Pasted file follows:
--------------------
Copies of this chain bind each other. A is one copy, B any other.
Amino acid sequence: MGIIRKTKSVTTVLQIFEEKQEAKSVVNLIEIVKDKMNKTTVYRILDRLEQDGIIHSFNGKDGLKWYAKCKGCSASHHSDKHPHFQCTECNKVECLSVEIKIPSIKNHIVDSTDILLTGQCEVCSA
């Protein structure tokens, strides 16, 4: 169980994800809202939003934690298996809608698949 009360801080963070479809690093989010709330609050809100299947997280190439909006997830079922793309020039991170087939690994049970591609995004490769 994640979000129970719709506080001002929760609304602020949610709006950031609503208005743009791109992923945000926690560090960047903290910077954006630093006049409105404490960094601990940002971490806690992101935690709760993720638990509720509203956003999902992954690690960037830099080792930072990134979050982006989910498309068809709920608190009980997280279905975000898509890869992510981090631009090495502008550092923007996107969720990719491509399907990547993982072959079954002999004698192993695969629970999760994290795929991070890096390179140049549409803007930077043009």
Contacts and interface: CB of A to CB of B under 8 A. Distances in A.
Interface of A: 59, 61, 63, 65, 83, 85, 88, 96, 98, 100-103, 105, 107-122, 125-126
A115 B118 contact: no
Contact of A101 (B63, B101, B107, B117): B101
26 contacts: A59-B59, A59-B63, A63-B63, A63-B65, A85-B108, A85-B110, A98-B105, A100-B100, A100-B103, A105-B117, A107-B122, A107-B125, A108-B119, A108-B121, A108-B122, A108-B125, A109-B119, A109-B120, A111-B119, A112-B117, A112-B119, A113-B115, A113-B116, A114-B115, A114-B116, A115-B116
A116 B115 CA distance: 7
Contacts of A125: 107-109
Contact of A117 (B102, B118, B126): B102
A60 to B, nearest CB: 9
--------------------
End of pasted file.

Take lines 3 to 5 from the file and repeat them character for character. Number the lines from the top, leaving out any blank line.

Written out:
């Protein structure tokens, strides 16, 4: 169980994800809202939003934690298996809608698949 009360801080963070479809690093989010709330609050809100299947997280190439909006997830079922793309020039991170087939690994049970591609995004490769 994640979000129970719709506080001002929760609304602020949610709006950031609503208005743009791109992923945000926690560090960047903290910077954006630093006049409105404490960094601990940002971490806690992101935690709760993720638990509720509203956003999902992954690690960037830099080792930072990134979050982006989910498309068809709920608190009980997280279905975000898509890869992510981090631009090495502008550092923007996107969720990719491509399907990547993982072959079954002999004698192993695969629970999760994290795929991070890096390179140049549409803007930077043009």
Contacts and interface: CB of A to CB of B under 8 A. Distances in A.
Interface of A: 59, 61, 63, 65, 83, 85, 88, 96, 98, 100-103, 105, 107-122, 125-126